Rowing at Easton Point
Sep 02, 2018 12:00AM ● Published by Brian Saucedo
By Penelope Cripps Dwyer
The alarm goes off, and there is no hitting the snooze button. Rodney Tong slips quietly out of bed, and not wanting to wake his wife, he rummages around with only a dim nightlight for his stretch shorts and T-shirt, set aside on top of the dresser. He finds shoes that slip easily on and off. Then he grabs three hardboiled eggs for some protein and a cup of coffee to go, as he tiptoes through the kitchen. His headlamp is hanging by the back door.
The drive is dark and not a soul on the road; he looks out only for deer or other animals caught off guard in the still of the wee hours. Fifteen minutes later, at 5:30 a.m., when he rolls into Evergreen at Easton Point, there are already a few other rowers assembled. Several headlamps are pointing toward the river, and like a scene from a backwater horror film, the bodies move silently, en masse from their cars across the dewy grass. The owls are hooting, and an ever-so-slight glow peers through the mist, over the eastern horizon, making a silhouette of the trees. It’s just a hint of sunrise, as there is still a half hour yet to go.
The routine is as rote as taking a shower, which he will get to later in the morning. Right now, there is a discernable excitement in the faces shining from each other’s lights as they converge. “Good Day,” says Tong, 65, and the one native New Zealander amongst the group. “How’s the tide?” someone else asks, but no one stops his or her journey; they know where they are positioned and what needs to be done. “OK, ready all,” yells a coxswain, “hands on and roll in two,” as an eight-person Kevlar shell, some 240 pounds, flips over and into its slings like it’s nothing more than Styrofoam. Shoes are set, riggers adjusted, and the shells are lifted overhead as all boats are carried down to the dock.
Rowing is a sport of heart and soul. Like Tong, many of us are hooked. Yes, there is a 7 a.m. rowing schedule. I’ll take that extra hour’s sleep in a pinch, but those who are bitten by the bug know there’s no more beautiful a time to row than the early hours as day breaks, when the winds are mostly still, and the syncopation of a set boat cuts through the flat water, leaving nothing but soft puddles behind.
Shells are configured to a style of boat based on the number of people. The Eastern Shore Community Rowers, Talbot County’s new adult rowing program, has an ever-growing fleet, consisting of eight-, four-, and two-rower teams and an assortment of single rowers. The goal is to have a small but substantive variety for both racing and recreational rowing.
Beside the unequalled beauty of being on the Tred Avon River early in the morning, one of the many other advantages is that you can row at any age. The Head of the Charles, our nation’s largest annual regatta in Boston, touts 11,000 participants ranging from 14-years-old to 85. Our national USRowing estimates that of its more than 80,000 members, 37 percent are “masters,” meaning adult rowers, and over 15 percent are over 55.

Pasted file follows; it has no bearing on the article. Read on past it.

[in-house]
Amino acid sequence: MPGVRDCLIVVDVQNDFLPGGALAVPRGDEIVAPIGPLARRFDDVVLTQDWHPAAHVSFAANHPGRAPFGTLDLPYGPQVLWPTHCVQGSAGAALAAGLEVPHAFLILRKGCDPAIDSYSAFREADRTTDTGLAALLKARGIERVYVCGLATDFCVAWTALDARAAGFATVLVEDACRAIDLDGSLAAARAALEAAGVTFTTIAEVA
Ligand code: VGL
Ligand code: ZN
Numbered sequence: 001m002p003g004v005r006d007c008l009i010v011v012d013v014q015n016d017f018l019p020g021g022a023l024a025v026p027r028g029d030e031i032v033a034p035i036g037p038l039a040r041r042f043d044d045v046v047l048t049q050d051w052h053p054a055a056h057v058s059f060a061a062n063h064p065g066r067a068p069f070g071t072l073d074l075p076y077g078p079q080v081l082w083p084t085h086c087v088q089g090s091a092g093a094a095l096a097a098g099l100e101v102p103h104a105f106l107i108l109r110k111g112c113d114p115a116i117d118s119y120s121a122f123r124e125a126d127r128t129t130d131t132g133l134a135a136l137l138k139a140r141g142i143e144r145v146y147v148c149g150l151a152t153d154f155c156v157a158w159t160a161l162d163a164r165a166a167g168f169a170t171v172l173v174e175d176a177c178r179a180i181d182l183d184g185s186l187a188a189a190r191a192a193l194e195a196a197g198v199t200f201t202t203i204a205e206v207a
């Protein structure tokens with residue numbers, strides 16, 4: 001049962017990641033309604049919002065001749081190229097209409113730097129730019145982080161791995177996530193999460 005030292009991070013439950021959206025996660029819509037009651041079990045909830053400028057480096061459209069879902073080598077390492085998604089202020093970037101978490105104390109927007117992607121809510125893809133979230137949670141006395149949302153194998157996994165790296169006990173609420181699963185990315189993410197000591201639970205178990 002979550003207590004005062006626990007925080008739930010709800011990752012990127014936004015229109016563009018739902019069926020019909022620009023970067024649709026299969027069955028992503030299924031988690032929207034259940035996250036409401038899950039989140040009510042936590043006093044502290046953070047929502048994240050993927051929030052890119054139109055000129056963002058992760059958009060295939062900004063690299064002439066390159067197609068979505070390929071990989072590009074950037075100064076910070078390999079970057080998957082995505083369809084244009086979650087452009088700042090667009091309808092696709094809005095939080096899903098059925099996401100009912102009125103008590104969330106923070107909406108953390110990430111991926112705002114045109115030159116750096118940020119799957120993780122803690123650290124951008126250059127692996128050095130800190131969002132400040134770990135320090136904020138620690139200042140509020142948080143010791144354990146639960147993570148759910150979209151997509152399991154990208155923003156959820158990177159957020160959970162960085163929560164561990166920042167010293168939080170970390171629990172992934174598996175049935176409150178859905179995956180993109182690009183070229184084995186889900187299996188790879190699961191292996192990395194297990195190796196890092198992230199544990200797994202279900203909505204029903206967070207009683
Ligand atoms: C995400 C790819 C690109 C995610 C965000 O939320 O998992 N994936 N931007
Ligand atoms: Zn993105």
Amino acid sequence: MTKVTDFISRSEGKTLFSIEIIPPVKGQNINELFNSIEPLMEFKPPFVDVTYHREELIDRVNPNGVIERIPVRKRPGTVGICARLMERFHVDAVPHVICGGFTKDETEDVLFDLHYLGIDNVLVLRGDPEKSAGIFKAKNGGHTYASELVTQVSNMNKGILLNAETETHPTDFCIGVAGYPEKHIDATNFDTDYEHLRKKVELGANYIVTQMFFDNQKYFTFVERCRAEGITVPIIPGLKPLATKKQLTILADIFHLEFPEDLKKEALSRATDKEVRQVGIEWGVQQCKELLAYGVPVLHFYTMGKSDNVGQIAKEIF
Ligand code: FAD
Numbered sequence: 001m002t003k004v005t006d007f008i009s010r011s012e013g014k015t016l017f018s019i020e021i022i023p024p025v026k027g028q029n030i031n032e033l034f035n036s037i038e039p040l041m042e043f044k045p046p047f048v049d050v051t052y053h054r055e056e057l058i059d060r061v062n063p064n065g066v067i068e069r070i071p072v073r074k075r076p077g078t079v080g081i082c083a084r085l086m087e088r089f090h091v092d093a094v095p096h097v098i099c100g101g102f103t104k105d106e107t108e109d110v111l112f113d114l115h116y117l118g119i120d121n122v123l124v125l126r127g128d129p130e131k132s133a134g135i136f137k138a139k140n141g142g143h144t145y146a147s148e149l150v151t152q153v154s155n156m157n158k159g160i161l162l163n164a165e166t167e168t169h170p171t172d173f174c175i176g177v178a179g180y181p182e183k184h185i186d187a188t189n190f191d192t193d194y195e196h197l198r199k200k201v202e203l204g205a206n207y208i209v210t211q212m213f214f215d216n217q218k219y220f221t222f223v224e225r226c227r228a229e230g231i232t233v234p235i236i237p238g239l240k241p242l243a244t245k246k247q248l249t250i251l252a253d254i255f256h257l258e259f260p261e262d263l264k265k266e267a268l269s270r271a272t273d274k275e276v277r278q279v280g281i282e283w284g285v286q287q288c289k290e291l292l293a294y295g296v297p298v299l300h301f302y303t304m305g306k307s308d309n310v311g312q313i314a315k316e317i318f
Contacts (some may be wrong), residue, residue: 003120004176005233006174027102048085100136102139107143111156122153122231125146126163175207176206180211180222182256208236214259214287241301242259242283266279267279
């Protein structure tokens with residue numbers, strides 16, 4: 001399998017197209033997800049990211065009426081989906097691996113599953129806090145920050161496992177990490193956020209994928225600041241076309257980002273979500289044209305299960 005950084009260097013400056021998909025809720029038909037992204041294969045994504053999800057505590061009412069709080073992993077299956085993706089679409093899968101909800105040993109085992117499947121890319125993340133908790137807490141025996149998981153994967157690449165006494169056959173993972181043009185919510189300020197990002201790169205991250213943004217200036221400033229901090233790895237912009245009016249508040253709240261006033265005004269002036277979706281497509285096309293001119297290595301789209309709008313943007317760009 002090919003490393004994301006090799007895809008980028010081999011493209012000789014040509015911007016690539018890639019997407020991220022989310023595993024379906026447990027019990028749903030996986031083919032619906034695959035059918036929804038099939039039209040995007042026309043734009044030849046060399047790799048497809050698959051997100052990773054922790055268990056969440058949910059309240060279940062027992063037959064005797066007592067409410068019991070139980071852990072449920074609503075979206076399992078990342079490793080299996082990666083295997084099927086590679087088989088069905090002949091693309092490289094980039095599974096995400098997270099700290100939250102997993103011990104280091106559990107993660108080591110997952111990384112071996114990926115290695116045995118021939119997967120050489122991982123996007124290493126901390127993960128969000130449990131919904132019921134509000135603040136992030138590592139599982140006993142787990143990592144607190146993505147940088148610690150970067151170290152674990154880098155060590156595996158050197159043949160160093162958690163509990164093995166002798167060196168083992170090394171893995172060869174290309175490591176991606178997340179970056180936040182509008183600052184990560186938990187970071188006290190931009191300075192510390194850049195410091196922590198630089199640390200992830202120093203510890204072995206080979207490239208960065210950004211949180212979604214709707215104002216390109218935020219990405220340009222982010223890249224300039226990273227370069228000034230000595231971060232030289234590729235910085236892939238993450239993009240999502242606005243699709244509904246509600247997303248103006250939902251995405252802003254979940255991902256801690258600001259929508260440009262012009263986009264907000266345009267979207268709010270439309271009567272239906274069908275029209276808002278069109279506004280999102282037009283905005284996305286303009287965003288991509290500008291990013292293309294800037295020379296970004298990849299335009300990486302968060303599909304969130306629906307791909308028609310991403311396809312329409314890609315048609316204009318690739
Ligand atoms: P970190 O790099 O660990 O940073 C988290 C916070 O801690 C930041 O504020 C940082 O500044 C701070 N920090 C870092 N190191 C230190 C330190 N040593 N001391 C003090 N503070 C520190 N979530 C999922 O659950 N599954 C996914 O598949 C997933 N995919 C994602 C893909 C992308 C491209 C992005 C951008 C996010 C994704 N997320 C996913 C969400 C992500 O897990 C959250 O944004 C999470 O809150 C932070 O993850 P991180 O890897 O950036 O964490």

Another plus is that rowing is both a team sport and a solitary practice. Like Tong says, “you’ll get keel-hauled by your mates the next day—so there is real incentive to show up.” Yet a better group of folks you’ll never know. “The camaraderie is one of the most unique I’ve ever experienced,” explains architect Mitch Hager, 44, a new rower who became hooked immediately. “There are few sports where you share equally with men and women of all ages.”
Likewise, the meditative calm of rowing a single has its advantages too. Not much can beat taking a shell out on one’s own and propelling across the water like a water bug, soundless but for the soft splash of the catch and smooth slide of your seat. Longtime Tai Chi and yoga practitioner and ESCRowers Board Treasurer, Howard Parks, encourages rowing for the mental as well as the physical health. “Rowing compliments yoga,” he says. “It strengthens your body and encourages mindfulness. To row well, your mind has to be with your oar in the boat; at the same time, you can lose yourself on a beautiful stretch of river.”
Christina Drostin rowed in college. Now a mother and full-time physician, she finds the early morning row a perfect workout. “Rowing is a core exercise,” she says. “It looks like an upper body sport, but in fact you row from your legs and core first, then follow through with body and arms. It builds muscle, bone strength, and coordination, and isn’t as hard on the knees as other sports.”
Eastern Shore Community Rowers share a floating dock with the youth group, Freedom Rowers, who are hosted by the wellness center at Evergreen Easton Point on Port Street. The high school rowers take to the water after school, while the adults row two sessions in the morning. Both morning rows run a little over an hour, and while both sessions require experience, ESCRowers’ three certified coaches are highly encouraging, the members are very welcoming, and the club offers Learn-to-Row clinics. There’s still time to try it out with the three-day clinics or with a Free Learn-to-Row session on the first Saturdays of each month through November.
So, if you are ever out by Easton Point Marina early in the morning, wondering what those people are doing, moving stealth-mode through the morning mist, well perhaps you might give rowing a try. For more information, visit ESCRowers.org